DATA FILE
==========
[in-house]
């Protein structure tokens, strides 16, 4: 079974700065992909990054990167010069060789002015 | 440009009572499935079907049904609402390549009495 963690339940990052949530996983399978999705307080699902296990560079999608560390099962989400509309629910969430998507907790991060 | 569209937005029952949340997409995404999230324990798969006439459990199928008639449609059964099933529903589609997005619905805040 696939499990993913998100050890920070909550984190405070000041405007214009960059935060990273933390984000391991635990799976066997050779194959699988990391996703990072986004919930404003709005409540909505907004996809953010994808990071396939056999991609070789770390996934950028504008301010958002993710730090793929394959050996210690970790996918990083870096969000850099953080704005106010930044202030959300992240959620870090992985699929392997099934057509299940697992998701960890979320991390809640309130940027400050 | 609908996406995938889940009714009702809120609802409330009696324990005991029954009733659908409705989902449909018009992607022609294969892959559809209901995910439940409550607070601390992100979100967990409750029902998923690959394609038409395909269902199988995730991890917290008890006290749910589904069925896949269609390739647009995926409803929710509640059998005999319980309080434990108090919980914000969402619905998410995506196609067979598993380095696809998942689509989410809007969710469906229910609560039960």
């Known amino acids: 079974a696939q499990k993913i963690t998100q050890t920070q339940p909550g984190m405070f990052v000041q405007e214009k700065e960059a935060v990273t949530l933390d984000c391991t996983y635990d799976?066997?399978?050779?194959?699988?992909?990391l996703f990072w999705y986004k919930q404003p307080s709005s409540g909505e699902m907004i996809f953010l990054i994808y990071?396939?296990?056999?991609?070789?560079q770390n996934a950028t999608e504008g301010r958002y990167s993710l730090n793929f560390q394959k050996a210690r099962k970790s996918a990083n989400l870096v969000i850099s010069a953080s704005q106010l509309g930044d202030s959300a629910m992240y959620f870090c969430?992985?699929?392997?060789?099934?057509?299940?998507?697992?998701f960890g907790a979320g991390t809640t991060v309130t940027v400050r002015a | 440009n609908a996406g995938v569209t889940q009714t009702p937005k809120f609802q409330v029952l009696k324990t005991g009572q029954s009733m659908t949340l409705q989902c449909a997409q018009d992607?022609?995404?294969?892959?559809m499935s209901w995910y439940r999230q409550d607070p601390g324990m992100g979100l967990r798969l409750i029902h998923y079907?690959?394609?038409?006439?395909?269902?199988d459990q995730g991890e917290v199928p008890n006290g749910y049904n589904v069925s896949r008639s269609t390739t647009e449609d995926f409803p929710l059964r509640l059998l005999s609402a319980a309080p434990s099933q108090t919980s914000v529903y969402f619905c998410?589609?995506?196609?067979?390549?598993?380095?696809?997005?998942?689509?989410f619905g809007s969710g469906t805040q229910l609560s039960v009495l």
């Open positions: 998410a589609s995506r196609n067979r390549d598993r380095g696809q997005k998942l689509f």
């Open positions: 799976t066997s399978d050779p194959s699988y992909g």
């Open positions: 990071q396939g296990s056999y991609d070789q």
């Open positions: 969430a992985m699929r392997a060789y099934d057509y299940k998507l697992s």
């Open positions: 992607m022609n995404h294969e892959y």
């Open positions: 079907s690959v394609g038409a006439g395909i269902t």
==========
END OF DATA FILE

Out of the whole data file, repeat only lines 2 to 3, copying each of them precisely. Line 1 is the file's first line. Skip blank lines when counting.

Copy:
């Protein structure tokens, strides 16, 4: 079974700065992909990054990167010069060789002015 | 440009009572499935079907049904609402390549009495 963690339940990052949530996983399978999705307080699902296990560079999608560390099962989400509309629910969430998507907790991060 | 569209937005029952949340997409995404999230324990798969006439459990199928008639449609059964099933529903589609997005619905805040 696939499990993913998100050890920070909550984190405070000041405007214009960059935060990273933390984000391991635990799976066997050779194959699988990391996703990072986004919930404003709005409540909505907004996809953010994808990071396939056999991609070789770390996934950028504008301010958002993710730090793929394959050996210690970790996918990083870096969000850099953080704005106010930044202030959300992240959620870090992985699929392997099934057509299940697992998701960890979320991390809640309130940027400050 | 609908996406995938889940009714009702809120609802409330009696324990005991029954009733659908409705989902449909018009992607022609294969892959559809209901995910439940409550607070601390992100979100967990409750029902998923690959394609038409395909269902199988995730991890917290008890006290749910589904069925896949269609390739647009995926409803929710509640059998005999319980309080434990108090919980914000969402619905998410995506196609067979598993380095696809998942689509989410809007969710469906229910609560039960």
């Known amino acids: 079974a696939q499990k993913i963690t998100q050890t920070q339940p909550g984190m405070f990052v000041q405007e214009k700065e960059a935060v990273t949530l933390d984000c391991t996983y635990d799976?066997?399978?050779?194959?699988?992909?990391l996703f990072w999705y986004k919930q404003p307080s709005s409540g909505e699902m907004i996809f953010l990054i994808y990071?396939?296990?056999?991609?070789?560079q770390n996934a950028t999608e504008g301010r958002y990167s993710l730090n793929f560390q394959k050996a210690r099962k970790s996918a990083n989400l870096v969000i850099s010069a953080s704005q106010l509309g930044d202030s959300a629910m992240y959620f870090c969430?992985?699929?392997?060789?099934?057509?299940?998507?697992?998701f960890g907790a979320g991390t809640t991060v309130t940027v400050r002015a | 440009n609908a996406g995938v569209t889940q009714t009702p937005k809120f609802q409330v029952l009696k324990t005991g009572q029954s009733m659908t949340l409705q989902c449909a997409q018009d992607?022609?995404?294969?892959?559809m499935s209901w995910y439940r999230q409550d607070p601390g324990m992100g979100l967990r798969l409750i029902h998923y079907?690959?394609?038409?006439?395909?269902?199988d459990q995730g991890e917290v199928p008890n006290g749910y049904n589904v069925s896949r008639s269609t390739t647009e449609d995926f409803p929710l059964r509640l059998l005999s609402a319980a309080p434990s099933q108090t919980s914000v529903y969402f619905c998410?589609?995506?196609?067979?390549?598993?380095?696809?997005?998942?689509?989410f619905g809007s969710g469906t805040q229910l609560s039960v009495l």